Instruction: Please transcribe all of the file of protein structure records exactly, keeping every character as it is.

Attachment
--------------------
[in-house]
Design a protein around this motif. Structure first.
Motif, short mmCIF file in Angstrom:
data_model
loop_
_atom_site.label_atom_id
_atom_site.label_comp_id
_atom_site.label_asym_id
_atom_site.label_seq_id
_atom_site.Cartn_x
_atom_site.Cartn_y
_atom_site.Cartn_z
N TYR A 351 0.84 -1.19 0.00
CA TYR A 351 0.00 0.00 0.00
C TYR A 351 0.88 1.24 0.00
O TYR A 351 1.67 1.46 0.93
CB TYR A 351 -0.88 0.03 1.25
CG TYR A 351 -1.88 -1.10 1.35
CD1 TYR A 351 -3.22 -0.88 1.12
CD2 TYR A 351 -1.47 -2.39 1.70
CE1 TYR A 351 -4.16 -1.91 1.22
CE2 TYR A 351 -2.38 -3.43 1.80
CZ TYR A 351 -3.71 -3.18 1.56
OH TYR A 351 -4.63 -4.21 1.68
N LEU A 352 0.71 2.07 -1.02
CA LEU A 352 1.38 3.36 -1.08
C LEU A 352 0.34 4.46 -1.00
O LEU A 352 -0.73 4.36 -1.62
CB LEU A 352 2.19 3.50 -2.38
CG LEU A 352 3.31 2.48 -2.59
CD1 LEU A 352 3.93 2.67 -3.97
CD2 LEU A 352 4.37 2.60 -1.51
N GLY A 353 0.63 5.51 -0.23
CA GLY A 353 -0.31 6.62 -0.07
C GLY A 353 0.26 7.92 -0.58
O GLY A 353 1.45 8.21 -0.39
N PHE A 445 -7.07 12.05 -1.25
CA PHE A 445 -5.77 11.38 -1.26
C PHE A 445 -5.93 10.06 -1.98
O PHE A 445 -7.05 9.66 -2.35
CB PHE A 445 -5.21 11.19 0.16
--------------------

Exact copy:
[in-house]
Design a protein around this motif. Structure first.
Motif, short mmCIF file in Angstrom:
data_model
loop_
_atom_site.label_atom_id
_atom_site.label_comp_id
_atom_site.label_asym_id
_atom_site.label_seq_id
_atom_site.Cartn_x
_atom_site.Cartn_y
_atom_site.Cartn_z
N TYR A 351 0.84 -1.19 0.00
CA TYR A 351 0.00 0.00 0.00
C TYR A 351 0.88 1.24 0.00
O TYR A 351 1.67 1.46 0.93
CB TYR A 351 -0.88 0.03 1.25
CG TYR A 351 -1.88 -1.10 1.35
CD1 TYR A 351 -3.22 -0.88 1.12
CD2 TYR A 351 -1.47 -2.39 1.70
CE1 TYR A 351 -4.16 -1.91 1.22
CE2 TYR A 351 -2.38 -3.43 1.80
CZ TYR A 351 -3.71 -3.18 1.56
OH TYR A 351 -4.63 -4.21 1.68
N LEU A 352 0.71 2.07 -1.02
CA LEU A 352 1.38 3.36 -1.08
C LEU A 352 0.34 4.46 -1.00
O LEU A 352 -0.73 4.36 -1.62
CB LEU A 352 2.19 3.50 -2.38
CG LEU A 352 3.31 2.48 -2.59
CD1 LEU A 352 3.93 2.67 -3.97
CD2 LEU A 352 4.37 2.60 -1.51
N GLY A 353 0.63 5.51 -0.23
CA GLY A 353 -0.31 6.62 -0.07
C GLY A 353 0.26 7.92 -0.58
O GLY A 353 1.45 8.21 -0.39
N PHE A 445 -7.07 12.05 -1.25
CA PHE A 445 -5.77 11.38 -1.26
C PHE A 445 -5.93 10.06 -1.98
O PHE A 445 -7.05 9.66 -2.35
CB PHE A 445 -5.21 11.19 0.16